Alliances begin to crystallize in the penultimate chapter to Kurt Busiek’s first “The Autumnlands: Tooth and Claw” story arc. Joined by artist Benjamin Dewey, colorist Jordie Bellaire and letterers John G. Roshell and Albert Deschesne, Busiek makes “The Autumnlands: Tooth and Claw” #5 a transitional chapter but a dynamic and riveting one nonetheless.
One of my favorite moments in each issue of “The Autumnlands: Tooth and Claw” is opening the book to find Dewey’s double-page masterpiece for that installment. This issue’s “Shadows in the Heart of Day” does not disappoint. Tagged with an unsettling tale of Hrotakh, the leader of the bat-folk, this one image alone could occupy my brain for a week. Unfortunately, I don’t have that kind of time, but I do have the luxury of coming back to that image or simply waiting to see what Dewey graces us with in the next issue.
That’s only two pages of the issue, though, as Busiek writes plenty of intrigue, machinations and suspense into these twenty pages. Learoyd is getting the lay of the land, sizing up alliances and serving as the mysterious point of view character for the readers. Gharta and Affa remain the subject of Sandorst’s power grab, and Lady Goodfoot proves to be none too trustworthy. This easily could have been an issue filled completely by one of those movements, but Busiek is too invested in this comic and too appreciative of his readers.
The most exciting part of all of this is that the cast in “The Autumnlands” is just a sliver of the population of their world. Busiek hints of things beyond the setting in this arc, but then he delivers a story so gripping that readers cannot possibly think about not reading more of Dusty and the rest of this cast.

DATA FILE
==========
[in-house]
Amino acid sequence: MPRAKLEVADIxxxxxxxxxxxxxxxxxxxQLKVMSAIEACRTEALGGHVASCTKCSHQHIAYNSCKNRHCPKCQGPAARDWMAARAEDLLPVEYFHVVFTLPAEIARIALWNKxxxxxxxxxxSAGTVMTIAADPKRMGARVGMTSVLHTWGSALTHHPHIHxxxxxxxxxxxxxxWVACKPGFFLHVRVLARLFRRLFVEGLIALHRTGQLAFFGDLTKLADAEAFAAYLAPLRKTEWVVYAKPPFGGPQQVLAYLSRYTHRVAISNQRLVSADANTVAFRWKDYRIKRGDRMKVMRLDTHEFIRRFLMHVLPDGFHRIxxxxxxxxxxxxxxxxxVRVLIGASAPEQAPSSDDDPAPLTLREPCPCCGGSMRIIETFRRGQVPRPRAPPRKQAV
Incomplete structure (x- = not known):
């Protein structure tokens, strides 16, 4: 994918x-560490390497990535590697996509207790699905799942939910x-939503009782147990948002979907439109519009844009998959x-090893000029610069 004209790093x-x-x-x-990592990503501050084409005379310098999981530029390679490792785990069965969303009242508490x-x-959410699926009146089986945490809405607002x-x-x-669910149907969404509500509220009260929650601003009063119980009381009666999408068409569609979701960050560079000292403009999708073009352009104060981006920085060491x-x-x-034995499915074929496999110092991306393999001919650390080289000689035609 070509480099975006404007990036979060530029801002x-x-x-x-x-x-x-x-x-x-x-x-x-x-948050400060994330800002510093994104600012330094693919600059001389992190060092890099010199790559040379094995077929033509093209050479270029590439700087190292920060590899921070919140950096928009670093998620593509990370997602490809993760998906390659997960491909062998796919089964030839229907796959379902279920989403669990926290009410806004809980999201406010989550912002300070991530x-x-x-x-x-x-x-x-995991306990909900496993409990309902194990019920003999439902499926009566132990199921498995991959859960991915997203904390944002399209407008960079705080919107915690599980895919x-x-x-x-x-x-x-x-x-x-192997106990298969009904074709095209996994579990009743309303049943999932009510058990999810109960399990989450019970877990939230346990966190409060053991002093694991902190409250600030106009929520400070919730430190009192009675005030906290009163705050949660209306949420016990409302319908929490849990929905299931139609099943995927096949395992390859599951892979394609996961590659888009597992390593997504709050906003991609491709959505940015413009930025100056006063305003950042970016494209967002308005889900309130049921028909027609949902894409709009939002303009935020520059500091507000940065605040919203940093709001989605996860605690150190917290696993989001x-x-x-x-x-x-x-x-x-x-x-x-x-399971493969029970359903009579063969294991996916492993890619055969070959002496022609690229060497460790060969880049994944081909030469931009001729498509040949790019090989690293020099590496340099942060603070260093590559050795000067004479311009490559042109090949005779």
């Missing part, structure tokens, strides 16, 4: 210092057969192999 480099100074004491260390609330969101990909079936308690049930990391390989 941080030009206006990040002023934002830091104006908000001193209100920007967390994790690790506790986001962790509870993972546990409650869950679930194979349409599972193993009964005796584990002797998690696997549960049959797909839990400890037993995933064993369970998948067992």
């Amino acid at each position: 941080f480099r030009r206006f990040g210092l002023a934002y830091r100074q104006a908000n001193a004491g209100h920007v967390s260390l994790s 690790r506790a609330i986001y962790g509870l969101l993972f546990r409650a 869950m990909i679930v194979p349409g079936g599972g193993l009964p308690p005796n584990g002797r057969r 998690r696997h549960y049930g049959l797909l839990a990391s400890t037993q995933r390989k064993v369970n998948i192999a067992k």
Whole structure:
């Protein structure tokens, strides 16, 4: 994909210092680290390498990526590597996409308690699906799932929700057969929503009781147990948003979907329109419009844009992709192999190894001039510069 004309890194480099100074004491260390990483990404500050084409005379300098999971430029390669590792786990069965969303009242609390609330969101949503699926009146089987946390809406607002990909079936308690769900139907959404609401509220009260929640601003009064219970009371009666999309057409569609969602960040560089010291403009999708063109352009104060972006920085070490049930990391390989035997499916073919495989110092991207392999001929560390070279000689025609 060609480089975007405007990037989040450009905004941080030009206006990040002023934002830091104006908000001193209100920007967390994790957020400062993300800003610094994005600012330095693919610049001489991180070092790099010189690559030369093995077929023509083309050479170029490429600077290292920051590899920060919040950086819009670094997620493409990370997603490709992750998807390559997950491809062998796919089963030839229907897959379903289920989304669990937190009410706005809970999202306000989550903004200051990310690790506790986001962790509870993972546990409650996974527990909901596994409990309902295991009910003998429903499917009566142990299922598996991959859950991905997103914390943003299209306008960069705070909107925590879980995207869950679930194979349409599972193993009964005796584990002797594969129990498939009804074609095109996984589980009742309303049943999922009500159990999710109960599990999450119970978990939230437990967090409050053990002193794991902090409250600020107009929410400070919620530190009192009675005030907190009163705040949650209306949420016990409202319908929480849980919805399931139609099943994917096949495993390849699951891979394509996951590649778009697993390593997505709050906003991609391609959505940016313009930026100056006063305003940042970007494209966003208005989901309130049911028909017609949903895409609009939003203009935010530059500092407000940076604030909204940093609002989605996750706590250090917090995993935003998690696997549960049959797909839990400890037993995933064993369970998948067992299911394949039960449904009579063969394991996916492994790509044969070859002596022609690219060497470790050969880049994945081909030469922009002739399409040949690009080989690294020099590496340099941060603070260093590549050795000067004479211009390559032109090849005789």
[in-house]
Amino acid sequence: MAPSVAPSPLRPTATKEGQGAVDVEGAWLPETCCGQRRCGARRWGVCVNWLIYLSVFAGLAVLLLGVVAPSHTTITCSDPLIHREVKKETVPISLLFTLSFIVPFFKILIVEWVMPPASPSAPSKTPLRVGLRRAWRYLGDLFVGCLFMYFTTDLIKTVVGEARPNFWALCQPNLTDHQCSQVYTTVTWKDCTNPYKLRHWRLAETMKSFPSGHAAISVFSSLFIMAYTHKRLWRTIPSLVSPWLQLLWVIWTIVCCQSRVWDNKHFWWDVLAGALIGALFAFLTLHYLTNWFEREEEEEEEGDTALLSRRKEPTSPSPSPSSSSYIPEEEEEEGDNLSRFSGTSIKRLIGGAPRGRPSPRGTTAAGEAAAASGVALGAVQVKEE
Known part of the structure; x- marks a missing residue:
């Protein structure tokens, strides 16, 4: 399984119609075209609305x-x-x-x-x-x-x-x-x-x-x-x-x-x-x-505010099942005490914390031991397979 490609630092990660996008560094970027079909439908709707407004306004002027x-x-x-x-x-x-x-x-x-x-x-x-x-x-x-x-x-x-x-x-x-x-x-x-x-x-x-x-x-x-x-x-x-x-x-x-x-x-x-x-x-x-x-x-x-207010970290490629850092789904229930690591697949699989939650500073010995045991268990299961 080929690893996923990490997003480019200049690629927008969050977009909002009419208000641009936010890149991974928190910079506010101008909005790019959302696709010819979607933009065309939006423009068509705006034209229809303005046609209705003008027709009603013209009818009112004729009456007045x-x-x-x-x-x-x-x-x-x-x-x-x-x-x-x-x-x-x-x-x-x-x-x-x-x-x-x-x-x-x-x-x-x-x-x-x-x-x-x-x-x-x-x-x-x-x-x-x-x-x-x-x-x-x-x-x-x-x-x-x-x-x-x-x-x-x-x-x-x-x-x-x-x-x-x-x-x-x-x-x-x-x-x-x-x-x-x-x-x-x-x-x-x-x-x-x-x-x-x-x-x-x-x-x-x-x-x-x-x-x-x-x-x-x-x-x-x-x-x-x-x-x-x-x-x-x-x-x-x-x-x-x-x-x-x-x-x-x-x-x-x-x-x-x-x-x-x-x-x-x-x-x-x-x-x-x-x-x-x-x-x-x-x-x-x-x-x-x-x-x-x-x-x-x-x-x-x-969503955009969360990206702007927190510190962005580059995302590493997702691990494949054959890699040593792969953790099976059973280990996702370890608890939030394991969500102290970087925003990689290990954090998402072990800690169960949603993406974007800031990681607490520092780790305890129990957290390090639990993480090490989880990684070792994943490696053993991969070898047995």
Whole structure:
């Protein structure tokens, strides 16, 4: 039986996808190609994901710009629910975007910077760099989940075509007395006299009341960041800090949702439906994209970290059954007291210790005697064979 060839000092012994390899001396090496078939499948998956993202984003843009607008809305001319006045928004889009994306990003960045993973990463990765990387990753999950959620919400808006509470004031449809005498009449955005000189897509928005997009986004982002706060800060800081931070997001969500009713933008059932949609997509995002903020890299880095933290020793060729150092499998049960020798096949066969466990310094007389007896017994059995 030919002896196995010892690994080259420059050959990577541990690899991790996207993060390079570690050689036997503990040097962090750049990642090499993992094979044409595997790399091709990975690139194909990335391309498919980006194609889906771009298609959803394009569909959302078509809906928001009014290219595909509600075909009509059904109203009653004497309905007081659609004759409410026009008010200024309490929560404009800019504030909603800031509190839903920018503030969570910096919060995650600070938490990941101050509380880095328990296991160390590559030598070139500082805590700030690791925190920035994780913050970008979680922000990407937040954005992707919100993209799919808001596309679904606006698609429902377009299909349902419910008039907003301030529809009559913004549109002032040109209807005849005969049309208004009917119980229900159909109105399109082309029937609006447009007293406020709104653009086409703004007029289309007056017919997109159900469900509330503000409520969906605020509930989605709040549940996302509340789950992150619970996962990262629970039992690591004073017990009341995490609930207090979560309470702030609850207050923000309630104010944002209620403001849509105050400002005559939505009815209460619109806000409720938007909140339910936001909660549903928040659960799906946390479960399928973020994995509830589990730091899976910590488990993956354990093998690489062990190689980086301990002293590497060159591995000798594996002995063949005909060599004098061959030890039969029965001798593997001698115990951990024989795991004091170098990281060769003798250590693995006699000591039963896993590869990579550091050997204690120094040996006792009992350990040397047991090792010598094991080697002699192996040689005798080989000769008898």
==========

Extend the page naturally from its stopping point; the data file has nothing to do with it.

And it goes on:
With the concluding chapter of this first arc up next, Dewey brings plenty of great visuals to the series. There are plenty of characters milling through the panels of this story, and Sandorst once more unleashes some magic. Couple that with Dewey’s ability to give every species the most expressive postures and facial expressions and this comic is great to look at.
Except Dewey doesn’t stop there. He draws up a couple panels with silhouettes carrying the story and, in other panels, chooses the most interesting, impactful crops to drive the emotion. Learoyd is still the lynchpin of this tale, but Goodfoot gets a fine share of the story to showcase her wiliness, which comes through in Busiek’s dialogue almost as thoroughly as in her body language. When facing Seven-Scars, Dewey reminds readers of scale between characters and, throughout the issue, the wreckage of the fallen city sits in the background, atmospherically faded through colorist Jordie Bellaire’s handicraft.
Bellaire and the lettering/design team of J.G. Roshell and Albert Deschesne also contribute to “The Autumnlands: Tooth and Claw” and there is simply no denying this comic book is a complete team effort. Bellaire makes Learoyd’s technical eyewear enviable and the lettering crew pours plenty of inflection and desperation into Gharta’s frustrated pleas for help from the Great Champion.
“The Autumnlands: Tooth and Claw” #5 is as complete and compelling a transitional tale as I can recall seeing in comics in my time reviewing for CBR. Given that the creative team is essentially an all-star lineup, I suppose it shouldn’t be a surprise, but it never ceases to be enjoyable. Now that the conflict is set, I cannot wait to see what Busiek, Dewey, Bellaire, Roshell and Deschesne do once Seven-Scars leads his people into battle.